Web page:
Most people know all about the Salem Witch Trials of the late 1600s, but not as many are aware of the larger-scale witch hunts in Spain that happened earlier that century.
During the Spanish Inquisition, the Catholic church attempted to maintain its position as the dominant religion by punishing baptized members who were accused of not adhering to its teachings or going directly against them — namely those who converted from Judaism and Islam after royal decrees issued in 1492 and 1502 ordered Jews and Muslims to convert to Catholicism or leave Spain.
The people accused of heresy were forced to testify in tribunal courts and were sentenced to death if they refused, and their families often didn’t defend them because they would likely be put on trial themselves.
Inquisitors also targeted non-Catholics, including Protestants and even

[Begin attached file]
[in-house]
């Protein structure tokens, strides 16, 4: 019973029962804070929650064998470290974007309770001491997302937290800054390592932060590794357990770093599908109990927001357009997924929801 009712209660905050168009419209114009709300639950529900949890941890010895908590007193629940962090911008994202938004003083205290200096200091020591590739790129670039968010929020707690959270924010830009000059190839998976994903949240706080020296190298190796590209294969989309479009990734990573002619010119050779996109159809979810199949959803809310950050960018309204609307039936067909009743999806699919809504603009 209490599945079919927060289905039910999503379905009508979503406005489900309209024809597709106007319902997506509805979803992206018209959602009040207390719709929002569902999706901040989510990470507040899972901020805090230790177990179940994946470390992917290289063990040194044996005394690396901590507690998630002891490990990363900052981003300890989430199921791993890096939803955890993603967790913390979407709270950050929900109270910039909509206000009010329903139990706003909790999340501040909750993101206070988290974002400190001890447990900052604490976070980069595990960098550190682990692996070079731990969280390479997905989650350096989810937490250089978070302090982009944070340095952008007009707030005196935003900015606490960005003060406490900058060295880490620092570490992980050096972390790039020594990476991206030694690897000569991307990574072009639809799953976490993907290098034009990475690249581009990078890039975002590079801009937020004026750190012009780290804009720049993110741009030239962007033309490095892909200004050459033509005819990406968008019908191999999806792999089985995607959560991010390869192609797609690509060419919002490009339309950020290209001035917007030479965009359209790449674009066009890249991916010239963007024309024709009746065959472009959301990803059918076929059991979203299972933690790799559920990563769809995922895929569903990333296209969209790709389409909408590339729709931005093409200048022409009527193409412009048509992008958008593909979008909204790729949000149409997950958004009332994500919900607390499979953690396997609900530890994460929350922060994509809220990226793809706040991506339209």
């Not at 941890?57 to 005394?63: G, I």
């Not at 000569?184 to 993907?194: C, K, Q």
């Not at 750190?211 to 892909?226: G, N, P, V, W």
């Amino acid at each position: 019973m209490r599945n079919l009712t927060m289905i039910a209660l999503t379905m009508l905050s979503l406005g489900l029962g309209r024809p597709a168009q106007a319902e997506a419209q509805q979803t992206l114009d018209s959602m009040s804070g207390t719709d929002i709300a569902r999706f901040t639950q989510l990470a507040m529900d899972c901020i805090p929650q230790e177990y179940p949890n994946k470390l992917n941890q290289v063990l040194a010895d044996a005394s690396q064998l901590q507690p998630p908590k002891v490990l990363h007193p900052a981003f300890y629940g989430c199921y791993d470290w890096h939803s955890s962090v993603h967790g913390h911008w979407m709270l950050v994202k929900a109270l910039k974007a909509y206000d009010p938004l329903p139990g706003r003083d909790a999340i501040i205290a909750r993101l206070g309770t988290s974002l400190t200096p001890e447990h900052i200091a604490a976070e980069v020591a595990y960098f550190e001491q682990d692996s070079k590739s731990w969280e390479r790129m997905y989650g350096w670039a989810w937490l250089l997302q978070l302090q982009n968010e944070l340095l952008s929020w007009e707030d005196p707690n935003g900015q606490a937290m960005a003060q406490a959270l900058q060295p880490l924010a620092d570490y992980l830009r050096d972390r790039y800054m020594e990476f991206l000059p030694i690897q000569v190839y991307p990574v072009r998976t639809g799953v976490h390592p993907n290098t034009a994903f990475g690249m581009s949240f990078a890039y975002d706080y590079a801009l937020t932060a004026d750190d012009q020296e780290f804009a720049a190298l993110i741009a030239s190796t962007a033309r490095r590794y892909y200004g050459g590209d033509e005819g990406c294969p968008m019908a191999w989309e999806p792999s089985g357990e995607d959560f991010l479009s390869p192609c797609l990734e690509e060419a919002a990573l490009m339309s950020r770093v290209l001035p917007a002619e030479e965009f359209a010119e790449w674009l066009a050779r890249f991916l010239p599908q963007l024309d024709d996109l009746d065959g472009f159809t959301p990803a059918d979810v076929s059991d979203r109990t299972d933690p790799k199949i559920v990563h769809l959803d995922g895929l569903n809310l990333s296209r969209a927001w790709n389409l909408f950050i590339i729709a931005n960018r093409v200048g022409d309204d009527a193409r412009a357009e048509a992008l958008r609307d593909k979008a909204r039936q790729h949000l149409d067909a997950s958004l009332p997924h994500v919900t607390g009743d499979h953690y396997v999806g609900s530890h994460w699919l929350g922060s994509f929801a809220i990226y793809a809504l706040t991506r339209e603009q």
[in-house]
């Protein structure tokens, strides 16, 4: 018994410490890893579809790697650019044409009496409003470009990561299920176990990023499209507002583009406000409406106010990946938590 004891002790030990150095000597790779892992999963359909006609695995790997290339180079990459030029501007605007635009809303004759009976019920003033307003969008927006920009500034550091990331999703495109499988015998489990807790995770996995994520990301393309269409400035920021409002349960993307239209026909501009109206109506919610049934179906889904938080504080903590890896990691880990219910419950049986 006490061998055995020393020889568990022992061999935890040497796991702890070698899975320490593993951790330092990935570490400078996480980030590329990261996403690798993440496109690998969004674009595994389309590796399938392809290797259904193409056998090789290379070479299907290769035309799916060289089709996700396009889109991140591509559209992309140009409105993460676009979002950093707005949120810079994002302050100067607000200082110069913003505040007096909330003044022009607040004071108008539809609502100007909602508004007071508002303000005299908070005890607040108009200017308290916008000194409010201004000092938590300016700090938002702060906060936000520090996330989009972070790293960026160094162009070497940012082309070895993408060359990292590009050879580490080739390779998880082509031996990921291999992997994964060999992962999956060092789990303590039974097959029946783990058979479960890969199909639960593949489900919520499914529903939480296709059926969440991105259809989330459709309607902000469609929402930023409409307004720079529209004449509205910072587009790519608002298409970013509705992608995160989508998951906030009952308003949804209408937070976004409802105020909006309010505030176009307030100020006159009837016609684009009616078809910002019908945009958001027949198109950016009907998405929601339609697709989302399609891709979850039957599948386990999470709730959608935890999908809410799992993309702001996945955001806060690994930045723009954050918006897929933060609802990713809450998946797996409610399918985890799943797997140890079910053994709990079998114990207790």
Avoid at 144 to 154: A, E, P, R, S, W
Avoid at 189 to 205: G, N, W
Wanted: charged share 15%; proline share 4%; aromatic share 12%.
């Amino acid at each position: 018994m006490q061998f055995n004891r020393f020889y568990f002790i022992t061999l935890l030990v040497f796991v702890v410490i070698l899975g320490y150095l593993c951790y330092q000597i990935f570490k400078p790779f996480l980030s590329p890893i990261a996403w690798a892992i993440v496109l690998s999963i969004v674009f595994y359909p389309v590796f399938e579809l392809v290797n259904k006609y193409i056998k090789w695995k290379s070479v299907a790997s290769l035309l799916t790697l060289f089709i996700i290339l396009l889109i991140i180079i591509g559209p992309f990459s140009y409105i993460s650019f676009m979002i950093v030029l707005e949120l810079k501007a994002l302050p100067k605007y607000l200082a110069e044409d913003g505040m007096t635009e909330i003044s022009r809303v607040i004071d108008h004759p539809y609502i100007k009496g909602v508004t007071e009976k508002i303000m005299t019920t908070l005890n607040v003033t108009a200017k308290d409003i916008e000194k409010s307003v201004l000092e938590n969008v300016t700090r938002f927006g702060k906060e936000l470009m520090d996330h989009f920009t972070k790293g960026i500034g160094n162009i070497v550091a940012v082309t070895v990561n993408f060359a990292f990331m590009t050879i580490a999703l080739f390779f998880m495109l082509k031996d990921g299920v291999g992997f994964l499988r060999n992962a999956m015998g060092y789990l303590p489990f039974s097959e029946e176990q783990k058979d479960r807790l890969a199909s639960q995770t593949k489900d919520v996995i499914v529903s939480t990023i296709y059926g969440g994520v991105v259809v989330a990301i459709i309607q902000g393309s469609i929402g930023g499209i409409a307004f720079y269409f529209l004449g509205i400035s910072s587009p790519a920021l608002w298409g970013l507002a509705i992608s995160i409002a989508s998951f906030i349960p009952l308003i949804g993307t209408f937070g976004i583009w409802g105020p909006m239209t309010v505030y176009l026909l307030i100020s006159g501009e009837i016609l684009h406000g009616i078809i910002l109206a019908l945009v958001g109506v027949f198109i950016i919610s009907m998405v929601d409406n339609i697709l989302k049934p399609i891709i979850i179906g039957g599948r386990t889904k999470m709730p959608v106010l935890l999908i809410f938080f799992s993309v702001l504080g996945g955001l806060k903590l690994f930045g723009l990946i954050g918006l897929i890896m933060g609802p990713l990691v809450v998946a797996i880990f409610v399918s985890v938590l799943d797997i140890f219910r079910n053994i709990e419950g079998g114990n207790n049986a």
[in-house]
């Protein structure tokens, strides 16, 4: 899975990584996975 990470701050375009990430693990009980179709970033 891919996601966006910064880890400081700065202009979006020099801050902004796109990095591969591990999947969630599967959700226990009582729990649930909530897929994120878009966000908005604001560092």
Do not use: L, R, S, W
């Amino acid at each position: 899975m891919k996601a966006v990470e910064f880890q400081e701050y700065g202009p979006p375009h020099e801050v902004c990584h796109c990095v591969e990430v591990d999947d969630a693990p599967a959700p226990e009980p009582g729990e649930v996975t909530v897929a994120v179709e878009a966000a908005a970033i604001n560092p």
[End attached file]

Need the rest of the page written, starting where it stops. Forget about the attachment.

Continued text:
so-called “witches,” some of whom were burned to death at the stake as
part of the largest witch trial in history.
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Beginning in 1609, the Basque Witch Trials led to the investigation of 7,000 men, women, and even children in the town of Zugarramurdi accused of practicing witchcraft.
Once a person was convicted of being a witch, they were displayed in front of the entire village in a punishment ritual called auto-da-fe. They were then walked through the town and executed.
Several thousand of the accused were tried in court, and about a dozen people were burned at the stake. Five of them died while being tortured, so an effigy was symbolically burned during auto-da-fe proceedings.
The caves in Zugarramurdi attracted inquisitors to the town, as they were said to be the setting for many pagan festivities held by locals during the 17th century. They now serve as permanent reminders of the town’s dark past.
Every year around the summer solstice, hundreds of people participate in a festival held in the Cave of Zugarramurdi, or the “Cave of the Witches,” to celebrate the town’s historical association with the occult.
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(via All That Is Interesting / Atlas Obscura)